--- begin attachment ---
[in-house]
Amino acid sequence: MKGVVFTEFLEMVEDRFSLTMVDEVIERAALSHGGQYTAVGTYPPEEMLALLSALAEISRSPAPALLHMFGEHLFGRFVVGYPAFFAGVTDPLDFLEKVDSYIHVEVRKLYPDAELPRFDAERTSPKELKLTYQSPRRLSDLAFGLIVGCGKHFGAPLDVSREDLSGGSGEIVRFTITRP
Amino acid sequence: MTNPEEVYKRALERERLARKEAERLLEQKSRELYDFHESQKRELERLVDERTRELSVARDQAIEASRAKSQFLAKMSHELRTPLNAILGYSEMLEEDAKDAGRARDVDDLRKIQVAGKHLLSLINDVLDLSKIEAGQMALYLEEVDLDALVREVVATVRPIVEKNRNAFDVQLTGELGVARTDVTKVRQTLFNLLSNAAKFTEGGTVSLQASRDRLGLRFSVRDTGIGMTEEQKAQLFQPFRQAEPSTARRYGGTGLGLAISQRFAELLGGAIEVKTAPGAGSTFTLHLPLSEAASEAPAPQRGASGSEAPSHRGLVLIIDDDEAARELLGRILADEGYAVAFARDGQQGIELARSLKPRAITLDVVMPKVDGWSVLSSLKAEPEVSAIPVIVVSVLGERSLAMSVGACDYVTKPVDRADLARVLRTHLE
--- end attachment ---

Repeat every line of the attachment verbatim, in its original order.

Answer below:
[in-house]
Amino acid sequence: MKGVVFTEFLEMVEDRFSLTMVDEVIERAALSHGGQYTAVGTYPPEEMLALLSALAEISRSPAPALLHMFGEHLFGRFVVGYPAFFAGVTDPLDFLEKVDSYIHVEVRKLYPDAELPRFDAERTSPKELKLTYQSPRRLSDLAFGLIVGCGKHFGAPLDVSREDLSGGSGEIVRFTITRP
Amino acid sequence: MTNPEEVYKRALERERLARKEAERLLEQKSRELYDFHESQKRELERLVDERTRELSVARDQAIEASRAKSQFLAKMSHELRTPLNAILGYSEMLEEDAKDAGRARDVDDLRKIQVAGKHLLSLINDVLDLSKIEAGQMALYLEEVDLDALVREVVATVRPIVEKNRNAFDVQLTGELGVARTDVTKVRQTLFNLLSNAAKFTEGGTVSLQASRDRLGLRFSVRDTGIGMTEEQKAQLFQPFRQAEPSTARRYGGTGLGLAISQRFAELLGGAIEVKTAPGAGSTFTLHLPLSEAASEAPAPQRGASGSEAPSHRGLVLIIDDDEAARELLGRILADEGYAVAFARDGQQGIELARSLKPRAITLDVVMPKVDGWSVLSSLKAEPEVSAIPVIVVSVLGERSLAMSVGACDYVTKPVDRADLARVLRTHLE